By Chris Dobrowolski
Special for Second Half
GAYLORD — After the first three weeks of the football season, it didn’t look like anyone was going to be able to stop Gaylord St. Mary.
The Snowbirds, after all, had scored 215 points over three convincing victories during their first season since making the move to compete as an 8-player team.
But that high-powered, explosive offense was ground to a halt over the last two weeks. It wasn’t because of a sudden lack of execution by St. Mary. Nor was it due to a stout defense rising to the occasion. Rather, it was back-to-back forfeits by opponents who weren’t able to field teams that sidelined the Snowbirds’ dynamic attack with an unwanted midseason break.
“Our kids want to play, but unfortunately it is what it is,” said Gaylord St. Mary head coach Kevin O’Connell. “It stunk for the kids because I know they really wanted to look forward to Friday nights, especially homecoming.”
St. Mary tried to turn the two-week pause into a positive. They hit the reset button and went back to focusing on fundamentals, with short periods of live contact during quick, but effective practices.
“Our practices have been nothing short of awesome,” said O’Connell.
St. Mary will find out this week against Suttons Bay if the time off disrupted its offensive flow. But the players are confident the break was not a hinderance.
“I don’t think it broke our rhythm. I think it brought us closer together,” said quarterback Brady Hunter. “We were able to bang heads with each other, get some frustration out.”
Hunter is one of a multitude of weapons the Snowbirds have in their veer option attack. The senior quarterback is joined by a stable of talented running backs in seniors Steven Koscielniak and Logan Murrell, and juniors Christopher Koscielniak and Dominic Keister. Senior center Rory Curran anchors the offensive line.
“I like this offense,” said Steven Koscielniak. “This is what our team is about, quick and fast.”
While the Snowbirds’ scoreboard numbers are eye-popping, the team’s individual stats are more modest – partly because those main threats didn’t play in second halves of two games St. Mary was thoroughly dominating. Also, there is enough talent on board to share the wealth and not miss a beat.
“It’s everybody. There’s not just one player who runs it. It’s the whole team,” said Steven Koscielniak.
As the quarterback, however, Hunter is thrust into the important role of leading the group, a task he does well. The three-sport standout, who also excels at basketball and baseball, fittingly, has his pilot’s license.
“He’s one of the best leaders,” Steven Koscielniak said. “No doubt about it. He pushes us to the next level. He pushes us in practice, when we’re lifting.”
“He conducts himself the right way in everything,” O’Connell said of his signal caller. “He conducts practices. He speaks respectfully. He’s a great leader.”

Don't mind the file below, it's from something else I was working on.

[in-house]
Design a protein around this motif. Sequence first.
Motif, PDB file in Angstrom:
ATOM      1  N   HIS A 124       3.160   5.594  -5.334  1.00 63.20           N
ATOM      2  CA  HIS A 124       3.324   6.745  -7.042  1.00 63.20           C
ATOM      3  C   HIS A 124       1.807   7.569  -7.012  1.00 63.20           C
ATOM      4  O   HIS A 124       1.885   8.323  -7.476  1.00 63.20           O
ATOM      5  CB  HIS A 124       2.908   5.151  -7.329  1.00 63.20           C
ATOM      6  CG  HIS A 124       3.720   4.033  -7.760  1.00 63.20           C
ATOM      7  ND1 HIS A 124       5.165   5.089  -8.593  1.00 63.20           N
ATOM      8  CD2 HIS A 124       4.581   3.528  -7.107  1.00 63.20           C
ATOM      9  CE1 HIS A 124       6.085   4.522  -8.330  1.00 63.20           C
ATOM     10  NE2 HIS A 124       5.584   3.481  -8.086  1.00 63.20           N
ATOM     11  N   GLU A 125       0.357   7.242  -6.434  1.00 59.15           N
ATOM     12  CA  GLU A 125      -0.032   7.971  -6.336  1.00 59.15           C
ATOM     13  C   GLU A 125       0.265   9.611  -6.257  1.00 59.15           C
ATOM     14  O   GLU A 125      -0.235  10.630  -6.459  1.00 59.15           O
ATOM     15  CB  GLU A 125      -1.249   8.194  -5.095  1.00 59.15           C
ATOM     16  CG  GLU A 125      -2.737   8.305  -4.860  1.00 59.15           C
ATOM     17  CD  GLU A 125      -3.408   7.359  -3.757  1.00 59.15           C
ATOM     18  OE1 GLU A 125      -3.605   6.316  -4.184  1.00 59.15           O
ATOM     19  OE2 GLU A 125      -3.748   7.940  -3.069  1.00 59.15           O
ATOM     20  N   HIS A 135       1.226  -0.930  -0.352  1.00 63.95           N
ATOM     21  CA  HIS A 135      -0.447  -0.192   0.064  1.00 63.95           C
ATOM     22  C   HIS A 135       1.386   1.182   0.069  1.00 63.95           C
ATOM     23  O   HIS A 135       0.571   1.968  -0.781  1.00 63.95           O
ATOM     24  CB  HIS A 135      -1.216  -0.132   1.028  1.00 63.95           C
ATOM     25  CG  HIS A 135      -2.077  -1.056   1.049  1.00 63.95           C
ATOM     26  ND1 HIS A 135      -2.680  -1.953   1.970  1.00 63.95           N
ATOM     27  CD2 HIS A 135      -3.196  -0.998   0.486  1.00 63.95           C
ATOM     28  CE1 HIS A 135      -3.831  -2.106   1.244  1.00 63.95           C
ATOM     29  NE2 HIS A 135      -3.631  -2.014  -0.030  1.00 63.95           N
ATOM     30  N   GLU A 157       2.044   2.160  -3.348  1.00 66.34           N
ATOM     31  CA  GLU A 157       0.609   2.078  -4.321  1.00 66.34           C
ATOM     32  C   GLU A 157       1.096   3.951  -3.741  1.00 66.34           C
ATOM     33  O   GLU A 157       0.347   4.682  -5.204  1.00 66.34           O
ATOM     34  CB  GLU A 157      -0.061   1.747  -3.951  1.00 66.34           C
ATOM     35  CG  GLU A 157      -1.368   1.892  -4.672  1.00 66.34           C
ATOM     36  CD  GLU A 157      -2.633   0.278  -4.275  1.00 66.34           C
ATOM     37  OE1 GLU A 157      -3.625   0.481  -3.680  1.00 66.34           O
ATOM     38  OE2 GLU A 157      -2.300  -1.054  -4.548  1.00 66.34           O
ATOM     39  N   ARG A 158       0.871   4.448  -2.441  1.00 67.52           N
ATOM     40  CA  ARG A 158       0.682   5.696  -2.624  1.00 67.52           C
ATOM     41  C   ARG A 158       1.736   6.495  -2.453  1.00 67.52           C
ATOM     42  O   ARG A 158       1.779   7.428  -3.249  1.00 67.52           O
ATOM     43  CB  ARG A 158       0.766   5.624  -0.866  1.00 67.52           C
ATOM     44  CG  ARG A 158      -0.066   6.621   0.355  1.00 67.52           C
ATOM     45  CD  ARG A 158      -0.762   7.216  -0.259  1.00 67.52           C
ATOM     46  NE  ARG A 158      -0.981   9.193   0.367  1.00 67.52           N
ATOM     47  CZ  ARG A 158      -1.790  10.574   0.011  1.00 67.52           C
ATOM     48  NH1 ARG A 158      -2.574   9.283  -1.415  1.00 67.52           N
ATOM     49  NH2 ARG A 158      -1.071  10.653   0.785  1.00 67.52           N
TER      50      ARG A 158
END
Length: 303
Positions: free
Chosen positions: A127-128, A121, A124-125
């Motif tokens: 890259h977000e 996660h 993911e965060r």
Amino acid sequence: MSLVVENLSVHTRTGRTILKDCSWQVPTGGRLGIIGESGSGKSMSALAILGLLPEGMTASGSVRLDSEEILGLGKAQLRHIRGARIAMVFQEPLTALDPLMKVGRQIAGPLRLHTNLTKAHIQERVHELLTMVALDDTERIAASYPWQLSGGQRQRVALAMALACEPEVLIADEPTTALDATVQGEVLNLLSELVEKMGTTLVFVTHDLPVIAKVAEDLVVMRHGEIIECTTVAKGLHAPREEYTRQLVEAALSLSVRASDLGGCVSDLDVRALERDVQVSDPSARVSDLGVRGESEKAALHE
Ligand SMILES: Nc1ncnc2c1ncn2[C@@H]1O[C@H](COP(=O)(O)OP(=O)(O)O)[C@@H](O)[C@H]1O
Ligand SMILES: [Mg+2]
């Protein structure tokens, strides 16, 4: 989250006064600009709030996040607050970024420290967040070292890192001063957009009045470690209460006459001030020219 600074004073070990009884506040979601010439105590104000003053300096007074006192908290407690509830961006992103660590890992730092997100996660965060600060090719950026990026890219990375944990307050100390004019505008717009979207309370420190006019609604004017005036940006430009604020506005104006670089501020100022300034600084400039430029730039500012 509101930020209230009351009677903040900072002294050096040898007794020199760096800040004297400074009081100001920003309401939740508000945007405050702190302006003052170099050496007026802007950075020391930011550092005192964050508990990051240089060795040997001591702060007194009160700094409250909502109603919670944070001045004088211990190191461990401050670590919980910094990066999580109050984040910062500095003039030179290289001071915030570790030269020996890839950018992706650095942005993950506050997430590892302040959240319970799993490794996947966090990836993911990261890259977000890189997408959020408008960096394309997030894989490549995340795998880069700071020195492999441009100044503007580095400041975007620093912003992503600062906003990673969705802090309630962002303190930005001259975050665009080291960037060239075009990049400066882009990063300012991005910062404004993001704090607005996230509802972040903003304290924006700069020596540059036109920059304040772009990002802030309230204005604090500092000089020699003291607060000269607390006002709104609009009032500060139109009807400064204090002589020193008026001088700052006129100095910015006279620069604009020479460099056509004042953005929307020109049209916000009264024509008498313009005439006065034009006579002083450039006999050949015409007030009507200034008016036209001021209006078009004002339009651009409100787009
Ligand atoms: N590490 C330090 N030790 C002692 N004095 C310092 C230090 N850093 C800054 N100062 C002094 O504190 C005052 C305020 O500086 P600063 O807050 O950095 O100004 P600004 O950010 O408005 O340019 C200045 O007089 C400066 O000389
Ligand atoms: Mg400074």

Each of St. Mary’s skill players are returning starters, but it’s been a completely different experience this season for the Snowbirds, who were depleted by injuries and suffered through a 2-7 grind a season ago.
“We took our lumps,” said O’Connell, in his seventh year in charge of the Snowbirds. “A lot of that had to do with we were senior-laden the year prior and then a lot of the seniors last year didn’t get quality reps the year prior. High school football is extremely cyclical.”
Still, St. Mary had a good outlook for 2019. It had speed, athleticism, leadership and experience all on its side, plus a better fit as an 8-player team for a school its size.
“We definitely saw it coming,” said Hunter. “Last year we had a little bit of a rough season. Coming into 8-man we had all of our skill players returning. We knew this offensive power was here.”
The offense has been so impressive that it overshadows what the defense can do, but St. Mary is tough on that side of the ball as well. The Snowbirds’ depth allows them to have only a few players who play on both sides of the ball. Kyle Murphy and Chris Grody are disruptive on the defensive line, while Murrell leads the defensive backfield and Christopher Koscielniak – who his coach lauds for his toughness – is an all-state caliber linebacker.
“He’s not physically imposing, but he is so tough,” said O’Connell. “He’s disciplined. He’s good.
“We’re not big in stature. We just have a lot of tough kids.”
The astonishing thing is the Snowbirds have only started to tap their potential on offense. The team hasn’t even utilized some of its capabilities yet.
“We like to spread ourselves so we’re very diverse. If a team comes and stops our run, we’ve got a great spread offense, a great wing set and a lot of stuff we can throw at them,” said Hunter.
The time to introduce some of that could be coming as the schedule ramps up considerably when St. Mary finally steps back onto the field. The matchup at Suttons Bay is a showdown between unbeaten teams and is followed by contests against a pair of current 4-1 teams in Vestaburg and Mio — the latter a rematch from a 48-32 Week 2 game — and 3-2 Brethren.
“It’s definitely going to be fun,” said Hunter. “Those blowout games aren’t really fun for anyone. Suttons Bay’s a great team. Mio, (Vestaburg and Brethren) — they’re all great teams. It’s going to be a good battle towards the end of the season, and it’s really going to prepare us for playoffs.”
Chris Dobrowolski has covered northern Lower Peninsula sports since 1999 at the Ogemaw County Herald, Alpena News, Traverse City Record-Eagle and currently as sports editor at the Antrim Kalkaska Review since 2016. He can be reached at [email protected] with story ideas for Manistee, Wexford, Missaukee, Roscommon, Ogemaw, Iosco, Alcona, Oscoda, Crawford, Kalkaska, Grand Traverse, Benzie, Leelanau, Antrim, Otsego, Montmorency, Alpena, Presque Isle, Cheboygan, Charlevoix and Emmet counties.
PHOTOS: (Top) Gaylord St. Mary’s Logan Murrell (7) follows Steven Koscielniak (1) and another blocker around the edge during a Week 3 win over Central Lake. (Middle) The Snowbirds bring down the Trojans' T.J. Schultz. (Photos by Sports in Motion.)
LAWRENCE — While COVID-19 affected many students in different ways, it definitely made an impact on Austin Vasquez.
As a freshman at Lawrence High School during the pandemic, Vasquez lost his grandmother Theresa Phillips to cancer on March 25, 2021.